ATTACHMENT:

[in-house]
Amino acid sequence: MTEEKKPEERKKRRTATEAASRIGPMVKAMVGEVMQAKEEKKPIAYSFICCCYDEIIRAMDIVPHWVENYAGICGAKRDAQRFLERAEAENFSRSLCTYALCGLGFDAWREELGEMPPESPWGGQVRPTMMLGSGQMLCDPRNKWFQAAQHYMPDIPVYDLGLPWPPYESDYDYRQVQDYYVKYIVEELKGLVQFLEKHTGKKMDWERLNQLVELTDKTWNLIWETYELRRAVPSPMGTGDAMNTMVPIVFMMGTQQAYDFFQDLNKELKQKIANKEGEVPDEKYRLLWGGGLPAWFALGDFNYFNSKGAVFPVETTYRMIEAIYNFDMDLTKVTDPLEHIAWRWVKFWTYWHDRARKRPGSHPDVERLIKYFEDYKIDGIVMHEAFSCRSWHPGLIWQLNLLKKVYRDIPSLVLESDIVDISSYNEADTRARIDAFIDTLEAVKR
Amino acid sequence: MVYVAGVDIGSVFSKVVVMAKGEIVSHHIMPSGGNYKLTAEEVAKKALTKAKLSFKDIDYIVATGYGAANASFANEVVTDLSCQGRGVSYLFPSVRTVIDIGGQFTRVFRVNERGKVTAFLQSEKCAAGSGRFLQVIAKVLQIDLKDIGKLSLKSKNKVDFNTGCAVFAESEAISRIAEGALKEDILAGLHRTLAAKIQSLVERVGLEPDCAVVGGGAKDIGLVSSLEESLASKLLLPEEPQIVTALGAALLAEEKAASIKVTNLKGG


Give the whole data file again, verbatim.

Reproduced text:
[in-house]
Amino acid sequence: MTEEKKPEERKKRRTATEAASRIGPMVKAMVGEVMQAKEEKKPIAYSFICCCYDEIIRAMDIVPHWVENYAGICGAKRDAQRFLERAEAENFSRSLCTYALCGLGFDAWREELGEMPPESPWGGQVRPTMMLGSGQMLCDPRNKWFQAAQHYMPDIPVYDLGLPWPPYESDYDYRQVQDYYVKYIVEELKGLVQFLEKHTGKKMDWERLNQLVELTDKTWNLIWETYELRRAVPSPMGTGDAMNTMVPIVFMMGTQQAYDFFQDLNKELKQKIANKEGEVPDEKYRLLWGGGLPAWFALGDFNYFNSKGAVFPVETTYRMIEAIYNFDMDLTKVTDPLEHIAWRWVKFWTYWHDRARKRPGSHPDVERLIKYFEDYKIDGIVMHEAFSCRSWHPGLIWQLNLLKKVYRDIPSLVLESDIVDISSYNEADTRARIDAFIDTLEAVKR
Amino acid sequence: MVYVAGVDIGSVFSKVVVMAKGEIVSHHIMPSGGNYKLTAEEVAKKALTKAKLSFKDIDYIVATGYGAANASFANEVVTDLSCQGRGVSYLFPSVRTVIDIGGQFTRVFRVNERGKVTAFLQSEKCAAGSGRFLQVIAKVLQIDLKDIGKLSLKSKNKVDFNTGCAVFAESEAISRIAEGALKEDILAGLHRTLAAKIQSLVERVGLEPDCAVVGGGAKDIGLVSSLEESLASKLLLPEEPQIVTALGAALLAEEKAASIKVTNLKGG